The HABs also extended inland in 2023 as there were more than two-dozen lakes and ponds that experienced outbreaks of blue-green algal blooms, a serious concern for both human and animal health. The south fork of Long Island was called out for hosting the ‘Dirty Baker’s Dozen’ as 13 water bodies in this region experienced these toxic blooms in 2023.  For the past seven years, Suffolk County has had more lakes with blue-green algal blooms than any other of the 64 counties in New York State, a distinction that is likely to be repeated in 2023. Blue-green algae make toxins that can be harmful to humans and animals and have been linked to dog illnesses and dog deaths across the US and on Long Island.

The 2023 water quality impairment map also documented more than 30 distinct low oxygen ‘dead zones’ across the north shore, south shore, and east end of Long Island. All life in the ocean outside of some bacteria require oxygen to persist, a fact motivating the NYS Department of Environmental Conservation to strive for all water bodies at all times to have no less than 3 milligrams of dissolved oxygen. All 30 dead zones failed to meet this standard. While fish kills were not widespread in 2023, a lack of oxygen contributed to fish kills in locations on the south shore.  
Over the years, the occurrence of harmful algal blooms and dead zones has contributed to the collapse of critical marine habitats such as seagrass, major fisheries on Long Island such as bay scallops and hard clams, and coastal wetlands that help protect waterfront communities from the damaging impacts of storms. Groups such as The Nature Conservancy have been working for more than a decade to revive and restore these habitats and shellfish but have been challenged by events such as those witnessed during the summer of 2023.

Excessive nitrogen coming from household sewage that seeps into groundwater and ultimately, into bays, harbors, and estuaries or, in some cases, is directly discharged into surface waters, is a root cause of the maladies of 2023. Excessive nitrogen stimulates algal blooms that can, in turn, remove oxygen from bottom waters as they decay. Suffolk County and Nassau County recently completed ‘subwatershed studies’ that identified wastewater as the largest source of nitrogen to surface waters and set goals for reducing nitrogen loading from septic systems as a defense against these impairments.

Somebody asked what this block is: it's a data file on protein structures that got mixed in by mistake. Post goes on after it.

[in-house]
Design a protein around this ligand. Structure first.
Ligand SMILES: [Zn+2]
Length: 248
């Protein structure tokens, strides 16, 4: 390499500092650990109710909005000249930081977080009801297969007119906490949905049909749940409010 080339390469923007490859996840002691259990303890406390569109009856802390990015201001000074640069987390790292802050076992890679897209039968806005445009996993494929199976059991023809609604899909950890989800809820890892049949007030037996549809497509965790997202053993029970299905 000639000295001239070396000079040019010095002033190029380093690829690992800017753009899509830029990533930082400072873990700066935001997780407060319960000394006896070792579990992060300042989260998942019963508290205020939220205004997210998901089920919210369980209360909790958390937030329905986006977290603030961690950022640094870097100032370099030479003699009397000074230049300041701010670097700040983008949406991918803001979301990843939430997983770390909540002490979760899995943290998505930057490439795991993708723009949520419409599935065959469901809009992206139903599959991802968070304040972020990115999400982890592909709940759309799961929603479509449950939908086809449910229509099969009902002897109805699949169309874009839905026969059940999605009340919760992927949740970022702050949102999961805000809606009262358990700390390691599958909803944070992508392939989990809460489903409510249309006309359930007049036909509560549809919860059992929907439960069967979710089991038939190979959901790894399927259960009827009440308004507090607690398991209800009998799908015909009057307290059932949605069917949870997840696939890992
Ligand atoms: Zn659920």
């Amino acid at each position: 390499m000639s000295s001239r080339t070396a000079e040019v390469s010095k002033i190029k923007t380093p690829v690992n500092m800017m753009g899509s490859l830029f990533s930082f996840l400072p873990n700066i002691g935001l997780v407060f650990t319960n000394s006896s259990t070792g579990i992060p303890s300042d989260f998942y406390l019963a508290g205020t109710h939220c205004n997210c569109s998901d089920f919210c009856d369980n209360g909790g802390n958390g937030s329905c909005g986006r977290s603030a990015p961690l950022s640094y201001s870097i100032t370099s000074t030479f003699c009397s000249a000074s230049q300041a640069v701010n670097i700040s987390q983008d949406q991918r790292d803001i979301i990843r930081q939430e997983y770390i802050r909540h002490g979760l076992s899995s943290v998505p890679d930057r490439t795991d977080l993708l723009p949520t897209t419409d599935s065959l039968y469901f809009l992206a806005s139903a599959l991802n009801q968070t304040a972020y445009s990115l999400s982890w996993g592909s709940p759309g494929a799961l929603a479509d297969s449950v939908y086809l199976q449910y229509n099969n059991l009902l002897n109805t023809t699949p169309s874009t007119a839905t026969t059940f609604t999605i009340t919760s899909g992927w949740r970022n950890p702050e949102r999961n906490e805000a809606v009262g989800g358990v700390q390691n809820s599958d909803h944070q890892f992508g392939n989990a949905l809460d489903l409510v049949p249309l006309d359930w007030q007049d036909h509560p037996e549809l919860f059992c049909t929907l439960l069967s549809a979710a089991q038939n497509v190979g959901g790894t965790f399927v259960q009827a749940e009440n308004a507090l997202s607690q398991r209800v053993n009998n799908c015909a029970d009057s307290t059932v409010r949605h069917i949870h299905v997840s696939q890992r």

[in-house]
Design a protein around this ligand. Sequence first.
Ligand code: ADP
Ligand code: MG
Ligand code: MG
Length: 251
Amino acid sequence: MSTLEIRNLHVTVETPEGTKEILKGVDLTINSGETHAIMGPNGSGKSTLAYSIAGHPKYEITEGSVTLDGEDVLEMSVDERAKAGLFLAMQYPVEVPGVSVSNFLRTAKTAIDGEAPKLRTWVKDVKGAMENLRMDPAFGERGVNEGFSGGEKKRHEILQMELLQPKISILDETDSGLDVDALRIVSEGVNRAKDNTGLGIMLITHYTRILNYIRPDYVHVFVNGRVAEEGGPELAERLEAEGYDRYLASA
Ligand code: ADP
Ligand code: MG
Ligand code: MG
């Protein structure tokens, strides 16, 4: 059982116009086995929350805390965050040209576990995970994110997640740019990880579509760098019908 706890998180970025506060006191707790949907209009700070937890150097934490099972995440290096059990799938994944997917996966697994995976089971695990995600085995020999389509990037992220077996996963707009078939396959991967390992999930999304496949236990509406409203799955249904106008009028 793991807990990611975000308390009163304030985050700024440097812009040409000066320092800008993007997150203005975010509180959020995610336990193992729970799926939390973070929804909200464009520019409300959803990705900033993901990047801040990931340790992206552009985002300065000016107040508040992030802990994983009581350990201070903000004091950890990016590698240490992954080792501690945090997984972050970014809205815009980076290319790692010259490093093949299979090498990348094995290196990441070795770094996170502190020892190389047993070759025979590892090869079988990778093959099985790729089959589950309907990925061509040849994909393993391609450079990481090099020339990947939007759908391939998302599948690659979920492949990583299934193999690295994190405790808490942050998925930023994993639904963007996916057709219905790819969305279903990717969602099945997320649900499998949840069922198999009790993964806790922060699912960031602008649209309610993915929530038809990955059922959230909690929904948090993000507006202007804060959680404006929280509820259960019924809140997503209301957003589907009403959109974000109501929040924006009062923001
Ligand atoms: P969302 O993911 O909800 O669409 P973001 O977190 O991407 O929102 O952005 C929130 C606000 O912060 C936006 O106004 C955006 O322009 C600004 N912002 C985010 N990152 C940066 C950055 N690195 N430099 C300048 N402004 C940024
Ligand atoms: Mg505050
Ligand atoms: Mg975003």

Despite the gloomy news, there were some signs of hope in the data.

“In Long Island Sound, the western dead zone in 2023 was significantly smaller than it was 20 years ago thanks to sewage treatment plants removing 60% more nitrogen and reducing the flow of nitrogen into the western Sound”, said Gobler. “This proves that reductions in nitrogen loading does improve water quality.”  

Counterbalancing this high note was the growth of a second dead zone in central Long Island Sound emanating from Smithtown Bay suggesting this region now needs significant reduction in nitrogen loading.

The report on the summer of 2023 was compiled by the Gobler Laboratory of Stony Brook University that has been monitoring and sampling Long Island’s waters on a weekly basis every summer since 2014. Data was also generated by the Long Island Sound Study which is funded by the US Environmental Protection Agency. The data was reported weekly on News 12 and Newsday as part of their weekly Water Quality Index.

More Info: New York Sea Grant

New York Sea Grant (NYSG), a cooperative program of Cornell University and the State University of New York (SUNY), is one of 34 university-based programs under the National Oceanic and Atmospheric Administration’s National Sea Grant College Program.

Since 1971, NYSG has represented a statewide network of integrated research, education and extension services promoting coastal community economic vitality, environmental sustainability and citizen awareness and understanding about the State’s marine and Great Lakes resources.

Through NYSG’s efforts, the combined talents of university scientists and extension specialists help develop and transfer science-based information to many coastal user groups—businesses and industries, federal, state and local government decision-makers and agency managers, educators, the media and the interested public.

The program maintains Great Lakes offices at Cornell University, SUNY Buffalo, SUNY Oswego and the Wayne County Cooperative Extension office in Newark. In the State's marine waters, NYSG has offices at Stony Brook University and with Cornell Cooperative Extension of Nassau County on Long Island, Brooklyn College and Cornell Cooperative Extension in NYC and Kingston in the Hudson Valley.

For updates on Sea Grant activities: www.nyseagrant.org has RSS, Facebook, Twitter, Instagram, and YouTube links. NYSG offers a free e-list sign up via www.nyseagrant.org/nycoastlines for its flagship publication, NY Coastlines/Currents, which is published quarterly.